Later career[edit]

Breck remained in the Adjutant General's Department following the end of the war. From 1879, he served in California, New York, Washington, D. C., and Minnesota. From 1885 he served as adjutant general for various departments, including the Department of the Platte, Omaha, Nebraska and the Department of Dakota. He was promoted to lieutenant colonel assistant adjutant general February 28, 1887.

In August 1893 he returned to the Adjutant General's Department in Washington as a colonel, and on September 11, 1897, was elevated by President William McKinley and Secretary of War Russell Alger to Adjutant General of the U. S. Army with the rank of brigadier general. He retired in February 1898, and died in February 1918 in Brookline, Massachusetts.

See also[edit]


  1. ^ Long, E.B., The Civil War Day by Day, p. 201. Doubleday & Company, Garden City, New York, 1971. Library of Congress Catalog Card Number 73-163653.
  2. ^ On May 23, 1862, Jackson defeated a Union detachment at Front Royal, Virginia. Long, 1971, p. 215. On May 24, President Abraham Lincoln ordered General McDowell to send 20,000 men from the Rappahannock line and capture the forces of Jackson and Confederate Major General Richard S. Ewell in the Shenandoah Valley and McDowell sent a division under Brigadier General James Shields, which had recently been sent to him from Major General Nathaniel P. Banks in the Shenandoah Valley. Long, 1971, p. 216. On May 25, 1862, Jackson occupied Winchester, Virginia after driving out Union forces under Major General Banks. Long, 1971, p. 216. Jackson's troops pursued Banks's forces to Harpers Ferry on the Potomac River. Long, 1971, p. 217. On May 30, 1862, Jackson began to move south to avoid the trap that McDowell's forces were trying to set for him and squeezed past the forces sent from McDowell's corps under Brigadier General James Shields and another Union force under Major General John C. Frémont. Long, 1971, p. 218. On June 8, 1862, Jackson and Ewell defeated pursuing Union forces under Fremont at the Battle of Cross Keys Virginia. Long, 1971, p. 224. On June 9, 1862, Jackson defeated McDowell's forces under Brigadier General Shields at the Battle of Port Republic, Virginia. Long p. 224. On June 25, 1862, the Seven Days Battles, the decisive stage of the Peninsula Campaign began as Jackson's forces approached from the Shenandoah Valley to reinforce the Confederate forces defending the Richmond, Virginia area. Long, 1971, p. 230. See also generally, Tanner, Robert G., Stonewall in the Valley. Doubleday & Company, Inc., Garden City, New York, 1976.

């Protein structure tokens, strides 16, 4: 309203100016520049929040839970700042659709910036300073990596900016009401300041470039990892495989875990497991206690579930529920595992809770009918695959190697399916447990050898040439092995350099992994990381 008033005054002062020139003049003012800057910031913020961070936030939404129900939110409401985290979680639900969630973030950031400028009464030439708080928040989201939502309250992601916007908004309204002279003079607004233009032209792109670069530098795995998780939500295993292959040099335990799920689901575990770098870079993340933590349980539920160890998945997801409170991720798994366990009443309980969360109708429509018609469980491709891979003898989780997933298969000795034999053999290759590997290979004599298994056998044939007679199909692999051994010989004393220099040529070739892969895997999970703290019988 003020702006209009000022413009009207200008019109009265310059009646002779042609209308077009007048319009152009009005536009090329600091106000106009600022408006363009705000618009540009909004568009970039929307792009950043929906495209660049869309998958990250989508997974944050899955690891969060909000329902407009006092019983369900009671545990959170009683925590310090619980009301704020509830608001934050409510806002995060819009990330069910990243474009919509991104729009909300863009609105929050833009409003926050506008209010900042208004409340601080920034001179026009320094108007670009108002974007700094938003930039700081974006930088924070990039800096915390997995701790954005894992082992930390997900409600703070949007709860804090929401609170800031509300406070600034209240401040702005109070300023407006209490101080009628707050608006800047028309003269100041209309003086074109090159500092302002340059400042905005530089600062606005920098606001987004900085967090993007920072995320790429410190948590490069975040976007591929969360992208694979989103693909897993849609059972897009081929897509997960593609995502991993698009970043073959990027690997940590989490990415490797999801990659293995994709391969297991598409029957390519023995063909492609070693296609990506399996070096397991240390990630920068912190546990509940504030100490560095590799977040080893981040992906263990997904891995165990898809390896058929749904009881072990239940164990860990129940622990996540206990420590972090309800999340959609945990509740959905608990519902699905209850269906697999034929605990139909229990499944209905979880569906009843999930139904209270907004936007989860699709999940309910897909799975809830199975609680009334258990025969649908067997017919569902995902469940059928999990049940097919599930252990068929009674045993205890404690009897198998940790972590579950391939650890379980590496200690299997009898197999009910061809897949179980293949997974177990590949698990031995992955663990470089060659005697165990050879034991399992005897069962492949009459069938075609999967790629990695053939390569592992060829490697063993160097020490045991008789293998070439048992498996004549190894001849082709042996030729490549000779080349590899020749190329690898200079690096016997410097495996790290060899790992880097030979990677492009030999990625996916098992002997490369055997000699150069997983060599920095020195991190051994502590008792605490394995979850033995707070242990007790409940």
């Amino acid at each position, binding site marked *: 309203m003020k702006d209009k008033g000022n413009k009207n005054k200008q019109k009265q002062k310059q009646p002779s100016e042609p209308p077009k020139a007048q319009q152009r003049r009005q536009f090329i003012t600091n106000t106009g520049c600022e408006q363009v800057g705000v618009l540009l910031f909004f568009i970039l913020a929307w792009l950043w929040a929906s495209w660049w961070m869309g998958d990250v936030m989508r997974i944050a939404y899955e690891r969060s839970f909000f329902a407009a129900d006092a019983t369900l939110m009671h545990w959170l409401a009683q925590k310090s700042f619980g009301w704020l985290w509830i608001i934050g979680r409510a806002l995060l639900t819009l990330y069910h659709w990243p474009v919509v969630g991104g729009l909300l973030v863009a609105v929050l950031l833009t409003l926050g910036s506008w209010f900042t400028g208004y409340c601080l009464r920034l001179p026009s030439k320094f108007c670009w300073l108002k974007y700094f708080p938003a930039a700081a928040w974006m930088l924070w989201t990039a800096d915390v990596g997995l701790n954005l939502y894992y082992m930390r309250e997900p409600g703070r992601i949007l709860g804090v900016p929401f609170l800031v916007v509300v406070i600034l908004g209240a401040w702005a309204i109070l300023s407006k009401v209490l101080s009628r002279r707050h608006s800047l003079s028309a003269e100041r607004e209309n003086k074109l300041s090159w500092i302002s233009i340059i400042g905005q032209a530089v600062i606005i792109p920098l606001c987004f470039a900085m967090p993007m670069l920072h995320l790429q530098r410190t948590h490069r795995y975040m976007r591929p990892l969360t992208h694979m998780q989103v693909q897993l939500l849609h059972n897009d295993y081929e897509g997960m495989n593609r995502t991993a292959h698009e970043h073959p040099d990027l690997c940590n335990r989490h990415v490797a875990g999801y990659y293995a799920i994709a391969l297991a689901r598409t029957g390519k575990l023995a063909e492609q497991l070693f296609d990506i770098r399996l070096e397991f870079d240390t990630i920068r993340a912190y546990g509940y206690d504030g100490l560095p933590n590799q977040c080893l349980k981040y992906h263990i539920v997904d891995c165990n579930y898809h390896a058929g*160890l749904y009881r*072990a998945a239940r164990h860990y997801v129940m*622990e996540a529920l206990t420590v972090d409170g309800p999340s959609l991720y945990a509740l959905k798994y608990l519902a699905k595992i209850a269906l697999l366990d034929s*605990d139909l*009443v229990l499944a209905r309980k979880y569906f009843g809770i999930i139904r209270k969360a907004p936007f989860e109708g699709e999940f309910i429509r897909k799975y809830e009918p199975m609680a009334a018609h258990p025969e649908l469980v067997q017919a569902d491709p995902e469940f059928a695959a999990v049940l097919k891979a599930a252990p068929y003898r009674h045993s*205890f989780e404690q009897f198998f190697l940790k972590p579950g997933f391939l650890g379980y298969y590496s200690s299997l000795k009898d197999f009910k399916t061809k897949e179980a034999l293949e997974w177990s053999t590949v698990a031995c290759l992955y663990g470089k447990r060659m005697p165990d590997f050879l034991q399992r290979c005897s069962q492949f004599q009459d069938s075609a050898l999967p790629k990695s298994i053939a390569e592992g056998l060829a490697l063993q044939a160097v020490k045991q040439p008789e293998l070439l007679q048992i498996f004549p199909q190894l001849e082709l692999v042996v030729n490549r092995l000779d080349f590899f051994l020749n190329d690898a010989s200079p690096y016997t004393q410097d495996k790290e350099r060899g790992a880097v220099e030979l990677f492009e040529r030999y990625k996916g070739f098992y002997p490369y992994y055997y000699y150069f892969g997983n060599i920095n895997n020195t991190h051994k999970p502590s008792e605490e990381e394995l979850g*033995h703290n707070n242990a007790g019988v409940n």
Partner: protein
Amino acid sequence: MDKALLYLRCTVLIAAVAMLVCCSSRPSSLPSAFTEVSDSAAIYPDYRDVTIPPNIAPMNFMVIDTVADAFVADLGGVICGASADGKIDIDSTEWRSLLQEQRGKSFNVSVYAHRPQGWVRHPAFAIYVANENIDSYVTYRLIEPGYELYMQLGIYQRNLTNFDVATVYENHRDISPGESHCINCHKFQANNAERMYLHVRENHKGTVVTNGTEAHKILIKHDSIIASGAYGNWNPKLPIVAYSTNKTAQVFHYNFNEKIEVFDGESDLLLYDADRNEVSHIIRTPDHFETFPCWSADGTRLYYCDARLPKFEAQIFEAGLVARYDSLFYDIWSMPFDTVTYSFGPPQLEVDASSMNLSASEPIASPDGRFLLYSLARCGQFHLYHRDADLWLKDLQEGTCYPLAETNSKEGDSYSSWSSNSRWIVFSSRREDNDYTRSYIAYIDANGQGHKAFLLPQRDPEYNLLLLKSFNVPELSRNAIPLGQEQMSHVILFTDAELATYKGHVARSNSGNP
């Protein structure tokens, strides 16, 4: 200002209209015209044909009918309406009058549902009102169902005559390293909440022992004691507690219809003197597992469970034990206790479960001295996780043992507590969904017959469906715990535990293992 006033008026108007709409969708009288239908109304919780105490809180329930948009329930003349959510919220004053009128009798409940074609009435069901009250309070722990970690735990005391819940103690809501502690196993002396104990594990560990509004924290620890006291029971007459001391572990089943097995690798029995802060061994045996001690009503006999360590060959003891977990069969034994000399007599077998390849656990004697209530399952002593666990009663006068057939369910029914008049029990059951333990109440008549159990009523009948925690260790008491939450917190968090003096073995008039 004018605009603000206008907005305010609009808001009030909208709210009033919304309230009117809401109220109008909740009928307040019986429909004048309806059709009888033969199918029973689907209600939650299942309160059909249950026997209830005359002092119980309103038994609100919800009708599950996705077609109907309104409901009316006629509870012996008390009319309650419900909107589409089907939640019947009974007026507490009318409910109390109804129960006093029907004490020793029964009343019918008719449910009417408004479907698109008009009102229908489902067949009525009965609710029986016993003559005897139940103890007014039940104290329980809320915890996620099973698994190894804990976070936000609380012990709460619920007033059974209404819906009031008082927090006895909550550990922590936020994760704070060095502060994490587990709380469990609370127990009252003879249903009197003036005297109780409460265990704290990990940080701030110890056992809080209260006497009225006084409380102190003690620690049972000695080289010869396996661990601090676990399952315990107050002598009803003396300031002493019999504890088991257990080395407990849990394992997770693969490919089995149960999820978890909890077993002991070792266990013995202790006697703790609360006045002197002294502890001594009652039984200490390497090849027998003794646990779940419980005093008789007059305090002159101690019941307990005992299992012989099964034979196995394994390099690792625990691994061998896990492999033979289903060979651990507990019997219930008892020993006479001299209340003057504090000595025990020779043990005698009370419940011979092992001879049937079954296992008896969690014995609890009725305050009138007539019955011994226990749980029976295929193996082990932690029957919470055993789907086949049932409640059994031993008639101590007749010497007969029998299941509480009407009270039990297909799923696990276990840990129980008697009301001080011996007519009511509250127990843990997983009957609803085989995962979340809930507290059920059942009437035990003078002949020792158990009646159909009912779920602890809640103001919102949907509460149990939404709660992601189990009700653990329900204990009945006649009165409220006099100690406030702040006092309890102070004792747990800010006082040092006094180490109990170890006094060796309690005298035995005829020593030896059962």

3. ^ Eicher, John H. and Eicher, David J., Civil War High Commands, p. 732. Stanford University Press, Stanford, California, 2001. ISBN 0-8047-3641-3


  • Eicher, John H. and Eicher, David J., Civil War High Commands. Stanford University Press, Stanford, California, 2001. ISBN 0-8047-3641-3.
  • Long, E.B., The Civil War Day by Day, p. 201. Doubleday & Company, Garden City, New York, 1971. Library of Congress Catalog Card Number 73-163653.
  • Association of Graduates (1919). Fiftieth Annual Report of the Association of Graduates of the United States Military Academy. Saginaw, Michigan: Seemann & Peters. p. 48.
  • Bowen, James Lorenzo (1889). "Brevet Brigadier General Samuel Breck". Massachusetts in the War, 1861-1865. Springfield, Massachusetts: Clark W. Bryan and Company. pp. 888–890.
  • Breck, Samuel (1889). Genealogy of the Breck Family Descending from Edward of Dorchester and His Brothers in America. Omaha, Nebraska: Rees Printing Company. pp. 109–111, 115.
  • "General Ruggles Retires; Col Samuel Breck Succeeds Him as Adjutant General of the Army". New York Times. September 12, 1897. Retrieved 2010-01-22.
Military offices
Preceded by
George D. Ruggles
Adjutant General of the U. S. Army
September 11, 1897-February 25, 1898
Succeeded by
Henry C. Corbin